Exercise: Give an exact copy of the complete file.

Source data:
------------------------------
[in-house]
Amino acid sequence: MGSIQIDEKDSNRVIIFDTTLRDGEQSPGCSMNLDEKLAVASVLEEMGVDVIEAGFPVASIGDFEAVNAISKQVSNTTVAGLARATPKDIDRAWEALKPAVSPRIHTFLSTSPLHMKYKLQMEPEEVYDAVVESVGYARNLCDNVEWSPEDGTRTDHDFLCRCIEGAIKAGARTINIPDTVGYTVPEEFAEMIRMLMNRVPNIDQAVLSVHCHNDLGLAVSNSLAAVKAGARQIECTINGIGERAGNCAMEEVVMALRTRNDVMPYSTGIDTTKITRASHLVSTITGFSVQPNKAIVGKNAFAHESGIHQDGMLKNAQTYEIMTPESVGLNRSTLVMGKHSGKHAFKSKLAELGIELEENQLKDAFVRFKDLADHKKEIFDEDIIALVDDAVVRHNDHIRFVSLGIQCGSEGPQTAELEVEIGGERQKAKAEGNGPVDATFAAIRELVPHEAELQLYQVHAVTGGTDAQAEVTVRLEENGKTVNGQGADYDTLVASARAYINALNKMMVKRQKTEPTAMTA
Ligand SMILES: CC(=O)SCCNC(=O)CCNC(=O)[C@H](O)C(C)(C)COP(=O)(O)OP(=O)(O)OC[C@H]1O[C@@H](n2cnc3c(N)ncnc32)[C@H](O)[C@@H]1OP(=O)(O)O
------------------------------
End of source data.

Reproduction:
[in-house]
Amino acid sequence: MGSIQIDEKDSNRVIIFDTTLRDGEQSPGCSMNLDEKLAVASVLEEMGVDVIEAGFPVASIGDFEAVNAISKQVSNTTVAGLARATPKDIDRAWEALKPAVSPRIHTFLSTSPLHMKYKLQMEPEEVYDAVVESVGYARNLCDNVEWSPEDGTRTDHDFLCRCIEGAIKAGARTINIPDTVGYTVPEEFAEMIRMLMNRVPNIDQAVLSVHCHNDLGLAVSNSLAAVKAGARQIECTINGIGERAGNCAMEEVVMALRTRNDVMPYSTGIDTTKITRASHLVSTITGFSVQPNKAIVGKNAFAHESGIHQDGMLKNAQTYEIMTPESVGLNRSTLVMGKHSGKHAFKSKLAELGIELEENQLKDAFVRFKDLADHKKEIFDEDIIALVDDAVVRHNDHIRFVSLGIQCGSEGPQTAELEVEIGGERQKAKAEGNGPVDATFAAIRELVPHEAELQLYQVHAVTGGTDAQAEVTVRLEENGKTVNGQGADYDTLVASARAYINALNKMMVKRQKTEPTAMTA
Ligand SMILES: CC(=O)SCCNC(=O)CCNC(=O)[C@H](O)C(C)(C)COP(=O)(O)OP(=O)(O)OC[C@H]1O[C@@H](n2cnc3c(N)ncnc32)[C@H](O)[C@@H]1OP(=O)(O)O